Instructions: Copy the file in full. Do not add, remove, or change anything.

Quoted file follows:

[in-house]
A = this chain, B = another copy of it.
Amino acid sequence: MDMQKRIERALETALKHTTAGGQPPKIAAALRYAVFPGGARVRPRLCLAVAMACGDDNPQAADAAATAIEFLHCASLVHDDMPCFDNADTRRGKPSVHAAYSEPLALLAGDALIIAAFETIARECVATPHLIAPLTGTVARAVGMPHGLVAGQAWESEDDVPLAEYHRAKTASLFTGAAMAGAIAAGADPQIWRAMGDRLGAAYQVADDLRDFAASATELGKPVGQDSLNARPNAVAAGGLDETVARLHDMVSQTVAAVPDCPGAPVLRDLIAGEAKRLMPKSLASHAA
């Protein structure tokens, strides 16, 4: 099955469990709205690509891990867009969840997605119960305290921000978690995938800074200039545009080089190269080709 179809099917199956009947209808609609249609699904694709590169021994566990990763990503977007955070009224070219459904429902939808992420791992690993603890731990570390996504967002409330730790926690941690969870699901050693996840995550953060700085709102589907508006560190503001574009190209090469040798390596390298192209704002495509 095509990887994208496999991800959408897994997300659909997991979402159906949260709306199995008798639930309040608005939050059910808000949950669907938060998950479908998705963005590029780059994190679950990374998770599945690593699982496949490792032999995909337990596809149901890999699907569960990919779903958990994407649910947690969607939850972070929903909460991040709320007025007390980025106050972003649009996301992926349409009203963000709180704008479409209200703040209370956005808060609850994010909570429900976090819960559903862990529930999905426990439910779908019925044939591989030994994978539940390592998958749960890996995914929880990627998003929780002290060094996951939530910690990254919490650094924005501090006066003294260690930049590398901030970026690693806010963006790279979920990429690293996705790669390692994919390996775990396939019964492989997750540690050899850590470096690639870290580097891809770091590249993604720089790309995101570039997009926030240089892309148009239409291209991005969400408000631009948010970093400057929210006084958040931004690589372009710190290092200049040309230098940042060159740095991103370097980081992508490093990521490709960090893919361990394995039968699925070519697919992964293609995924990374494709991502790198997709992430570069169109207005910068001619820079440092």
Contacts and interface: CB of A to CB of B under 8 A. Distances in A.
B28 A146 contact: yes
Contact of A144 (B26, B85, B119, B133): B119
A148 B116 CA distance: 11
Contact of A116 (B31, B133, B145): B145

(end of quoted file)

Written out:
[in-house]
A = this chain, B = another copy of it.
Amino acid sequence: MDMQKRIERALETALKHTTAGGQPPKIAAALRYAVFPGGARVRPRLCLAVAMACGDDNPQAADAAATAIEFLHCASLVHDDMPCFDNADTRRGKPSVHAAYSEPLALLAGDALIIAAFETIARECVATPHLIAPLTGTVARAVGMPHGLVAGQAWESEDDVPLAEYHRAKTASLFTGAAMAGAIAAGADPQIWRAMGDRLGAAYQVADDLRDFAASATELGKPVGQDSLNARPNAVAAGGLDETVARLHDMVSQTVAAVPDCPGAPVLRDLIAGEAKRLMPKSLASHAA
């Protein structure tokens, strides 16, 4: 099955469990709205690509891990867009969840997605119960305290921000978690995938800074200039545009080089190269080709 179809099917199956009947209808609609249609699904694709590169021994566990990763990503977007955070009224070219459904429902939808992420791992690993603890731990570390996504967002409330730790926690941690969870699901050693996840995550953060700085709102589907508006560190503001574009190209090469040798390596390298192209704002495509 095509990887994208496999991800959408897994997300659909997991979402159906949260709306199995008798639930309040608005939050059910808000949950669907938060998950479908998705963005590029780059994190679950990374998770599945690593699982496949490792032999995909337990596809149901890999699907569960990919779903958990994407649910947690969607939850972070929903909460991040709320007025007390980025106050972003649009996301992926349409009203963000709180704008479409209200703040209370956005808060609850994010909570429900976090819960559903862990529930999905426990439910779908019925044939591989030994994978539940390592998958749960890996995914929880990627998003929780002290060094996951939530910690990254919490650094924005501090006066003294260690930049590398901030970026690693806010963006790279979920990429690293996705790669390692994919390996775990396939019964492989997750540690050899850590470096690639870290580097891809770091590249993604720089790309995101570039997009926030240089892309148009239409291209991005969400408000631009948010970093400057929210006084958040931004690589372009710190290092200049040309230098940042060159740095991103370097980081992508490093990521490709960090893919361990394995039968699925070519697919992964293609995924990374494709991502790198997709992430570069169109207005910068001619820079440092």
Contacts and interface: CB of A to CB of B under 8 A. Distances in A.
B28 A146 contact: yes
Contact of A144 (B26, B85, B119, B133): B119
A148 B116 CA distance: 11
Contact of A116 (B31, B133, B145): B145